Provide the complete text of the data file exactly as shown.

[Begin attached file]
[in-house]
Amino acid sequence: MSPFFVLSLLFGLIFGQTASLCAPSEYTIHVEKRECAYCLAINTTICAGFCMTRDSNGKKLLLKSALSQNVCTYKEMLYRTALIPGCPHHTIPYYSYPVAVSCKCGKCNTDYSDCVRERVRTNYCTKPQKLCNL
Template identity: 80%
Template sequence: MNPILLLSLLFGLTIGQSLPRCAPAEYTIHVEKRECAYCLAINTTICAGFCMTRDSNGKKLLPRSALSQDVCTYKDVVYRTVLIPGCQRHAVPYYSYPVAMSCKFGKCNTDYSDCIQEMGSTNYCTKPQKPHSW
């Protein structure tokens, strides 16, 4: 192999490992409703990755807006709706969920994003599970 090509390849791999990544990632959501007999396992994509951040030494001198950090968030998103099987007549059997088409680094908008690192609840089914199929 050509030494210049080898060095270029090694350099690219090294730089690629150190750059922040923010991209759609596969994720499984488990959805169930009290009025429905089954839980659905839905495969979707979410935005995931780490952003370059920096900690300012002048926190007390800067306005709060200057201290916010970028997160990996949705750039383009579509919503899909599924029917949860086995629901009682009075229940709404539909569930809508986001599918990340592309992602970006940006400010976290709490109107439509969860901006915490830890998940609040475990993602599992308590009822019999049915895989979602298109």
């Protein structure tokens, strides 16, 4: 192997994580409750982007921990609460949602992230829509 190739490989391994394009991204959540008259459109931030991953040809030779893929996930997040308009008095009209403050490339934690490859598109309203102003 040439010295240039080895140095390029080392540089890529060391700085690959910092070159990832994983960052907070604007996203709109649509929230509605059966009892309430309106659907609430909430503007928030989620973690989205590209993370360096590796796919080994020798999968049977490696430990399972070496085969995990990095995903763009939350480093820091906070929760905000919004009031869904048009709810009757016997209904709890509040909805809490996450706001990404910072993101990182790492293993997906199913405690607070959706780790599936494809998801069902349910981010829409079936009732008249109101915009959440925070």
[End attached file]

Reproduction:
[in-house]
Amino acid sequence: MSPFFVLSLLFGLIFGQTASLCAPSEYTIHVEKRECAYCLAINTTICAGFCMTRDSNGKKLLLKSALSQNVCTYKEMLYRTALIPGCPHHTIPYYSYPVAVSCKCGKCNTDYSDCVRERVRTNYCTKPQKLCNL
Template identity: 80%
Template sequence: MNPILLLSLLFGLTIGQSLPRCAPAEYTIHVEKRECAYCLAINTTICAGFCMTRDSNGKKLLPRSALSQDVCTYKDVVYRTVLIPGCQRHAVPYYSYPVAMSCKFGKCNTDYSDCIQEMGSTNYCTKPQKPHSW
């Protein structure tokens, strides 16, 4: 192999490992409703990755807006709706969920994003599970 090509390849791999990544990632959501007999396992994509951040030494001198950090968030998103099987007549059997088409680094908008690192609840089914199929 050509030494210049080898060095270029090694350099690219090294730089690629150190750059922040923010991209759609596969994720499984488990959805169930009290009025429905089954839980659905839905495969979707979410935005995931780490952003370059920096900690300012002048926190007390800067306005709060200057201290916010970028997160990996949705750039383009579509919503899909599924029917949860086995629901009682009075229940709404539909569930809508986001599918990340592309992602970006940006400010976290709490109107439509969860901006915490830890998940609040475990993602599992308590009822019999049915895989979602298109």
């Protein structure tokens, strides 16, 4: 192997994580409750982007921990609460949602992230829509 190739490989391994394009991204959540008259459109931030991953040809030779893929996930997040308009008095009209403050490339934690490859598109309203102003 040439010295240039080895140095390029080392540089890529060391700085690959910092070159990832994983960052907070604007996203709109649509929230509605059966009892309430309106659907609430909430503007928030989620973690989205590209993370360096590796796919080994020798999968049977490696430990399972070496085969995990990095995903763009939350480093820091906070929760905000919004009031869904048009709810009757016997209904709890509040909805809490996450706001990404910072993101990182790492293993997906199913405690607070959706780790599936494809998801069902349910981010829409079936009732008249109101915009959440925070």